November 22, 2012
The legendary Kareem Abdul-Jabbar (center) was roasted in a celebrity roast hosted by George Lopez on Saturday, November 17 at LA Live. The roast benefited the Skyhook Foundation and was attended by a who's who of celebrities including legendary basketball friends, Dr. J. Julius Irving, Magic Johnson, Bill Watson, Norm Nixon, Kurt Rambis. Jamaal Wilkes and AC Green. Here, Kareem ends the night with a group shot of some of those who spent time on stage roasting the icon for a sold-out crowd. For more information go to www.kareemabduljabbar.com.
Memphis Grizzlies forward Zach Randolph has been fined $25,000 by the NBA for confronting Oklahoma City's Kendrick Perkins following both their ejections in a game last week.
The fine was announced Monday by Stu Jackson, the league’s executive vice president of basketball operations.
Randolph and Perkins were each ejected for an altercation with 2:05 remaining in the fourth quarter of Memphis’ 107-97 win in Oklahoma City on November 14. Perkins and Randolph confronted each other between Russell Westbrook’s free throw attempts and were both tossed.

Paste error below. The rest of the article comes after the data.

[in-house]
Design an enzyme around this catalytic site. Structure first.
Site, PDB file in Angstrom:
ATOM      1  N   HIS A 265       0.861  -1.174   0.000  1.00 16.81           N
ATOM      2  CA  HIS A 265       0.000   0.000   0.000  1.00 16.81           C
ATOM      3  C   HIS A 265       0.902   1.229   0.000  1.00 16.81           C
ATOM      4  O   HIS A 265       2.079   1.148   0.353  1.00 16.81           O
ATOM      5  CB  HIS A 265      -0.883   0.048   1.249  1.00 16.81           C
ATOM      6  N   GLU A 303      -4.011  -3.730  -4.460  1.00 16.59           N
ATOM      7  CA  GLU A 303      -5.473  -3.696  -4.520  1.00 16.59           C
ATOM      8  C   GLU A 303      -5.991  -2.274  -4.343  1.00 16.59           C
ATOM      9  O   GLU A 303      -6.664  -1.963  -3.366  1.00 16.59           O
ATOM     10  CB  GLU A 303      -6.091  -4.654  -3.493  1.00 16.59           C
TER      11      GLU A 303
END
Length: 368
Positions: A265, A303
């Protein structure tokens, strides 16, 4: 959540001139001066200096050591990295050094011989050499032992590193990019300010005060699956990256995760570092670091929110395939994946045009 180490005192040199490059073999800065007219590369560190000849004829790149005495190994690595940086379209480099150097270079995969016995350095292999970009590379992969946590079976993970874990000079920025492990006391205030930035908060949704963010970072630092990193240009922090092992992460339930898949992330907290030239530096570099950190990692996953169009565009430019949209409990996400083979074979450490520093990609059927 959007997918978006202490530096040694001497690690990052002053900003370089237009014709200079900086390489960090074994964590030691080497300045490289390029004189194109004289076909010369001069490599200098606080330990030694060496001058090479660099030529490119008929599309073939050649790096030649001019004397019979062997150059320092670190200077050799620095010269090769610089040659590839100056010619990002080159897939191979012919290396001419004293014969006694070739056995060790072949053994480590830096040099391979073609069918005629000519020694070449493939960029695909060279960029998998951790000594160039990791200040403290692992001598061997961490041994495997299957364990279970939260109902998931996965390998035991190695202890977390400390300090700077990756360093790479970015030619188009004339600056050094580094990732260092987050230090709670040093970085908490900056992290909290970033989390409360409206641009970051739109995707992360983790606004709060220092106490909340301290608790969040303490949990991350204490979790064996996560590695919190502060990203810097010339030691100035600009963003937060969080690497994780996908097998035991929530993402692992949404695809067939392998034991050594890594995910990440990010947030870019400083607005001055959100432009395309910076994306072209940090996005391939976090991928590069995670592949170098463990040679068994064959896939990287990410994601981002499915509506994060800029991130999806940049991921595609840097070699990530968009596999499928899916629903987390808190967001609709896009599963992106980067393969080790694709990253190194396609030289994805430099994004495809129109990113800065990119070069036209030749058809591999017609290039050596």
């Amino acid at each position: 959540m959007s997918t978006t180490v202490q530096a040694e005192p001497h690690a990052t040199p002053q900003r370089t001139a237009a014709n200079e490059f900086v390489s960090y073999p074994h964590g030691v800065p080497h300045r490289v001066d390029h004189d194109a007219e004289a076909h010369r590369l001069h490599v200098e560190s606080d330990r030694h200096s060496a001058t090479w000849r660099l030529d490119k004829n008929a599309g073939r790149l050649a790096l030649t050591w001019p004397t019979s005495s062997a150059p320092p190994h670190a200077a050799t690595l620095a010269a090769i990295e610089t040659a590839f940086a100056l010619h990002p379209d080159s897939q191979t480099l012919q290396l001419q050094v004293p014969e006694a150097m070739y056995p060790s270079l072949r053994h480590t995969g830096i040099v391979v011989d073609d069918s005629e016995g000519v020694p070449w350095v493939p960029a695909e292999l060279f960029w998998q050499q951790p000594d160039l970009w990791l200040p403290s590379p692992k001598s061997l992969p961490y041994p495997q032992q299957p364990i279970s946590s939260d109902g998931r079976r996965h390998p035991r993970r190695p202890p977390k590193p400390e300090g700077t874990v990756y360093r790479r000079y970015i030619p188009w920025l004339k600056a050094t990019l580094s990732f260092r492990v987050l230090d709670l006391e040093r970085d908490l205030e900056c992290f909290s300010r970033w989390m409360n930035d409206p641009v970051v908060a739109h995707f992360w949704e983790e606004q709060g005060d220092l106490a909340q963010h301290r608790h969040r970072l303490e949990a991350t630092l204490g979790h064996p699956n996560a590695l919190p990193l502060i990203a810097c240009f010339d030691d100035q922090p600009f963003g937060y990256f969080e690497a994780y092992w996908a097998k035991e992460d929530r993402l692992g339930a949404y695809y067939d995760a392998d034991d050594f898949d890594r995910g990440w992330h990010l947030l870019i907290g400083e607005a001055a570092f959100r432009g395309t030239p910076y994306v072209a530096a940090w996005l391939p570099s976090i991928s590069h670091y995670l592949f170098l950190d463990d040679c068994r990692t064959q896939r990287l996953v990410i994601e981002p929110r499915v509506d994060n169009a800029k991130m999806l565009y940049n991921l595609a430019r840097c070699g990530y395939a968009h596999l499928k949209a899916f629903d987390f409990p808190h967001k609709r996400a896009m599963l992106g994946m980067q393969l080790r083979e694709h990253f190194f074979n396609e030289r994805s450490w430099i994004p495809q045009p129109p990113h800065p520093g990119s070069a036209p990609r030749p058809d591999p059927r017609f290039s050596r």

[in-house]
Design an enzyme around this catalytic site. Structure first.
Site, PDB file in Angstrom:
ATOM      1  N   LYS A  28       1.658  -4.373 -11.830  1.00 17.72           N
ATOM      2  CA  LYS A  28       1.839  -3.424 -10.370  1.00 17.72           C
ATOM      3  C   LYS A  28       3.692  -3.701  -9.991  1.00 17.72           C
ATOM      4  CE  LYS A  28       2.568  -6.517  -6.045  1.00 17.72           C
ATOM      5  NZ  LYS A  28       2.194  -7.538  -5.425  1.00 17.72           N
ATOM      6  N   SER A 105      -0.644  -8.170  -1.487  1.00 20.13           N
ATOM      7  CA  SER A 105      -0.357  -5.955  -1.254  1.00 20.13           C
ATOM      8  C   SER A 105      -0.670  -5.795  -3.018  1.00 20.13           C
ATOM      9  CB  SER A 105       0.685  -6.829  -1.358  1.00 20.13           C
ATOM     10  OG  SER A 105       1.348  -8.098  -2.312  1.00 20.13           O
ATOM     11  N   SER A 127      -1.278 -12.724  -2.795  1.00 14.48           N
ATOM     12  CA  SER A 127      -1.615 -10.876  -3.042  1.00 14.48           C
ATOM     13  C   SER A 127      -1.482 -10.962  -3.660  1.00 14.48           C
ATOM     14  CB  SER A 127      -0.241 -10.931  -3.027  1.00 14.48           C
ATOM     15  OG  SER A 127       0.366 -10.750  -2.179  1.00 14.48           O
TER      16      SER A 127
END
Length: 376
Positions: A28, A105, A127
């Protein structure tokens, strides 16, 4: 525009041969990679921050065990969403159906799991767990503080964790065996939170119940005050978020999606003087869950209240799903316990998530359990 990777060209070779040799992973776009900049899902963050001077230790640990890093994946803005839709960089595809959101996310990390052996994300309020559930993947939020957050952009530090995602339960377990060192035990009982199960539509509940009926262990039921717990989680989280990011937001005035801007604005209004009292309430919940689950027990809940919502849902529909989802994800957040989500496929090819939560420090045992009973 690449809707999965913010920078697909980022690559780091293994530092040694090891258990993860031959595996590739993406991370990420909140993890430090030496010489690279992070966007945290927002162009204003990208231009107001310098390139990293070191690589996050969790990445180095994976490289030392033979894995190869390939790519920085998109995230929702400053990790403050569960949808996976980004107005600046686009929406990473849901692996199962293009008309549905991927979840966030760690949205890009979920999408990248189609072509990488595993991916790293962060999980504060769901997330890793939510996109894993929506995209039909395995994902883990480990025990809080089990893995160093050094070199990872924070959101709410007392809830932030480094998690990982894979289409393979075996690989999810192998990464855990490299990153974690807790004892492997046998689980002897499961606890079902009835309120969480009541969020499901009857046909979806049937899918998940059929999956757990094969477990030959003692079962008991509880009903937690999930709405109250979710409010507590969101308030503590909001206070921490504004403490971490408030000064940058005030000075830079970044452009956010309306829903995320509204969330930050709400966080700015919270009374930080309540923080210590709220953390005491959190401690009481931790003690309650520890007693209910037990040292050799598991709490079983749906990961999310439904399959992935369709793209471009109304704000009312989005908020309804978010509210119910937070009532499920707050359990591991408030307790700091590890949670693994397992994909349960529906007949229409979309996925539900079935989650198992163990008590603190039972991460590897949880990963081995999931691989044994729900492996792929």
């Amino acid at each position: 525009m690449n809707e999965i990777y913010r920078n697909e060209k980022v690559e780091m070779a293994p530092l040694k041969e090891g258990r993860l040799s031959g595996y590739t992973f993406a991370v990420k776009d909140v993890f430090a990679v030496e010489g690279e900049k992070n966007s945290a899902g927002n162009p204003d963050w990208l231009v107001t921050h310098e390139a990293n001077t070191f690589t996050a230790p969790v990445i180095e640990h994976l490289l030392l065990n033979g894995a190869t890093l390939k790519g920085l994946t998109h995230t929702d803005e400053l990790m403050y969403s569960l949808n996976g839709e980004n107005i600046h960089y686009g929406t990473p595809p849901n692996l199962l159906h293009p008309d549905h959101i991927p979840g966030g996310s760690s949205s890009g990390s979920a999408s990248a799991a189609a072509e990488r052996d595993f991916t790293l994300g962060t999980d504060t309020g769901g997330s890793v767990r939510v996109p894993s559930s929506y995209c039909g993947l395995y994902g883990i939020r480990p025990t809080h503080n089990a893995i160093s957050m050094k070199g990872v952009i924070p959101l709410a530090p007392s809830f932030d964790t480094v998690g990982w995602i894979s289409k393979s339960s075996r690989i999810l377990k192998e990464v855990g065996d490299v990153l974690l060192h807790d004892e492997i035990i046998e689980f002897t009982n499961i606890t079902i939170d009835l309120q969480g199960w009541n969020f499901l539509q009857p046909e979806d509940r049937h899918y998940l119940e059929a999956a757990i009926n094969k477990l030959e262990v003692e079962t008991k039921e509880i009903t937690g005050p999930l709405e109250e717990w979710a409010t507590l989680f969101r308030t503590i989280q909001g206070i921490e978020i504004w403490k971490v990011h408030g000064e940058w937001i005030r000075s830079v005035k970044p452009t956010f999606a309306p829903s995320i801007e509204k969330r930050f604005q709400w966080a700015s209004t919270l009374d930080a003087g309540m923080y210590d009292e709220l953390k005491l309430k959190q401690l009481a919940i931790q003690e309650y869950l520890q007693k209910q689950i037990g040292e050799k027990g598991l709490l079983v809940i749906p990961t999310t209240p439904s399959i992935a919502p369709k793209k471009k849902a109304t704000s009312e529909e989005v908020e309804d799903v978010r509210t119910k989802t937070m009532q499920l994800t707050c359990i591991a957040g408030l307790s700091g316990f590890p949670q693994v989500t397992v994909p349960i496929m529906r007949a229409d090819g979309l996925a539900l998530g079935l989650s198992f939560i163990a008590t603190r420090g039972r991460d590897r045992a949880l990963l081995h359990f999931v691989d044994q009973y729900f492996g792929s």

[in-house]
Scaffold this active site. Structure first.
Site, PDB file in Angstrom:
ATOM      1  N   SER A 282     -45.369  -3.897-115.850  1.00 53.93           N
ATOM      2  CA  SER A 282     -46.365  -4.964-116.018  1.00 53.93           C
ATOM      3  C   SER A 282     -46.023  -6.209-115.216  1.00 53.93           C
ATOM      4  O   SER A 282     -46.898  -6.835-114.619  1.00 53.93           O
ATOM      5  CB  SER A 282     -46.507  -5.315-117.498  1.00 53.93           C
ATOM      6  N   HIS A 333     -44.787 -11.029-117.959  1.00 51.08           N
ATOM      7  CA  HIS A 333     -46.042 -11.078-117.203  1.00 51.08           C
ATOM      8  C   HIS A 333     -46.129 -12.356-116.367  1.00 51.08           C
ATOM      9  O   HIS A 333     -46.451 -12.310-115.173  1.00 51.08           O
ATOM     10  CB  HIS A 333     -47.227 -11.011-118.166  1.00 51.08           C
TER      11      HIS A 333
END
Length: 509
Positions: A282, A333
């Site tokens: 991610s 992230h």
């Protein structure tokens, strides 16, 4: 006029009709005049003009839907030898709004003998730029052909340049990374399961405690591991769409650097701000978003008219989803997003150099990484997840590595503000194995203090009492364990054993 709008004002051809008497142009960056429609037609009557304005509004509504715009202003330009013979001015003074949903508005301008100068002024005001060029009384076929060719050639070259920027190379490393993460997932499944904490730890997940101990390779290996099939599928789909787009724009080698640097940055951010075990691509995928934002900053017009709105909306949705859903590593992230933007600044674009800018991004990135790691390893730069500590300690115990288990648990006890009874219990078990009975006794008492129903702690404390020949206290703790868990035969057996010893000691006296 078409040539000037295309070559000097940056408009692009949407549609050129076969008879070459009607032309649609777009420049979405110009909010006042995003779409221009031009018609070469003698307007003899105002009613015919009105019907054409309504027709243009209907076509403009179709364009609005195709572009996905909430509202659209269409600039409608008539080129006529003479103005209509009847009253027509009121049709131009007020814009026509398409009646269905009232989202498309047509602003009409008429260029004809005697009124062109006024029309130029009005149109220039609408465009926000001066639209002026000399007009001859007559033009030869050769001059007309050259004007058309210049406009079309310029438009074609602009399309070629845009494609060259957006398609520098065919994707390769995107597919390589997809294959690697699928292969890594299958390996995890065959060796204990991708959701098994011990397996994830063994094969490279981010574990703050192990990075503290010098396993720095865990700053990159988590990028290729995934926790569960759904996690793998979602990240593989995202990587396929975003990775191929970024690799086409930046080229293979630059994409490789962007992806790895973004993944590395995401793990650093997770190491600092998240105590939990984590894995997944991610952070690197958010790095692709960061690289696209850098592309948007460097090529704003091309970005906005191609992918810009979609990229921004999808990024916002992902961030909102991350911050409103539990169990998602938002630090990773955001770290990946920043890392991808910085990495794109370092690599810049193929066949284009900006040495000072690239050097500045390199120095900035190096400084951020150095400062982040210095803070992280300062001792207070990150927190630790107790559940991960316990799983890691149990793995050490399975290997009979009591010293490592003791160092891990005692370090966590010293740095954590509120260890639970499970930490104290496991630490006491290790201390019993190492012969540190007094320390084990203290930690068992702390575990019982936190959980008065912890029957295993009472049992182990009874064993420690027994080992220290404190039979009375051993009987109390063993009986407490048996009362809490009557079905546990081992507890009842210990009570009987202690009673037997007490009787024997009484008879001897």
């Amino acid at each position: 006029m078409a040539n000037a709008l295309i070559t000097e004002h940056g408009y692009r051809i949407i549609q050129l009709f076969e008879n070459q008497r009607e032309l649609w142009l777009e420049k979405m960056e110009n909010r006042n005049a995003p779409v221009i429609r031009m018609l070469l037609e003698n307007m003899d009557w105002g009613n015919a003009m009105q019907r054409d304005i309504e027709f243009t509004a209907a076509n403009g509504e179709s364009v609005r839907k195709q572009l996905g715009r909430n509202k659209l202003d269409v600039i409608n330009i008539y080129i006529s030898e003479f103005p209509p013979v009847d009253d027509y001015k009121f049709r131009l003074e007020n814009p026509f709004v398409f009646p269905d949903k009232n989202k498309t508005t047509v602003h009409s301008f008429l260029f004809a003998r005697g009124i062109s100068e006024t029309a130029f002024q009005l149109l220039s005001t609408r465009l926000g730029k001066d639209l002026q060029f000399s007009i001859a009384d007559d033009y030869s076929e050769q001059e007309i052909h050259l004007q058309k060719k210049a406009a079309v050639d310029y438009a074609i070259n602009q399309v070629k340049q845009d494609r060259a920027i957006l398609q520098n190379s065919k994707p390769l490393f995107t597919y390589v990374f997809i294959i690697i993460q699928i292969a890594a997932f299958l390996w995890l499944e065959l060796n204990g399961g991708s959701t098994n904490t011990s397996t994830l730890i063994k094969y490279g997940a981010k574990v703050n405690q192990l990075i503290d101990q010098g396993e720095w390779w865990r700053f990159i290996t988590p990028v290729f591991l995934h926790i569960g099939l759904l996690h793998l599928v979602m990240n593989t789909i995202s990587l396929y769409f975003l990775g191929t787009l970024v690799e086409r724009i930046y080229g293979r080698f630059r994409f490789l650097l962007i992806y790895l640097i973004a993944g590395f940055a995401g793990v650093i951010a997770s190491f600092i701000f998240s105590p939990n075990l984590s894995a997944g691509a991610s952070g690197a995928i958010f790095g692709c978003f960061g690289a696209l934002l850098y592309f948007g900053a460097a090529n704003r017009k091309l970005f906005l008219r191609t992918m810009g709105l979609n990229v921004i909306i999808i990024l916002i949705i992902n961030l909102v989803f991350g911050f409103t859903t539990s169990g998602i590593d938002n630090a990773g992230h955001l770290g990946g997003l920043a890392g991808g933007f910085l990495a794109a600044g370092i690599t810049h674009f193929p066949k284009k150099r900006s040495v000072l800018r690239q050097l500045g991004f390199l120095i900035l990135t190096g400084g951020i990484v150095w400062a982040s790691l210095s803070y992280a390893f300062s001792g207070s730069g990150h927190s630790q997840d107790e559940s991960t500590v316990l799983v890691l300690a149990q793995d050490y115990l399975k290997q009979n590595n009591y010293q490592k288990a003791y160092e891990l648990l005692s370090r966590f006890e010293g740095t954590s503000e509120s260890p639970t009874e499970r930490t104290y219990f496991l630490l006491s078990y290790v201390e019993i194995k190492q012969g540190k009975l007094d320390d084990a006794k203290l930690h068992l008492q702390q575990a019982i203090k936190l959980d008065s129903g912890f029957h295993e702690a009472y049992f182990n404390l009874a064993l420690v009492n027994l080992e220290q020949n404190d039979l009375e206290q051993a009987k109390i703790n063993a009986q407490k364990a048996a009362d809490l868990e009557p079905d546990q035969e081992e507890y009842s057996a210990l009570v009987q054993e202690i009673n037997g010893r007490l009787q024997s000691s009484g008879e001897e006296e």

The two tried to approach each other while being restrained by teammates before finally heading out tunnels at opposite ends of Chesapeake Energy Arena. Randolph then talked to Perkins near the locker room, drawing the fine.
November 15, 2012
By LARRY LAGE
Hall of Fame trainer Emanuel Steward was celebrated by boxing royalty and the Queen of Soul at a star-studded memorial service Tuesday November 13 in the Motor City.
Steward, the man who made the Kronk Gym famous, died of colon cancer last month at the age of 68.
His family took its time to plan a memorial befitting a beloved public figure — and it was a hit.
Champions he trained — including Thomas Hearns, Lennox Lewis, Wladimir Klitschko and Evander Holyfield — one he worked out only briefly — Sugar Ray Leonard — and another he didn’t train at all — Roy Jones Jr. — all paid their respects.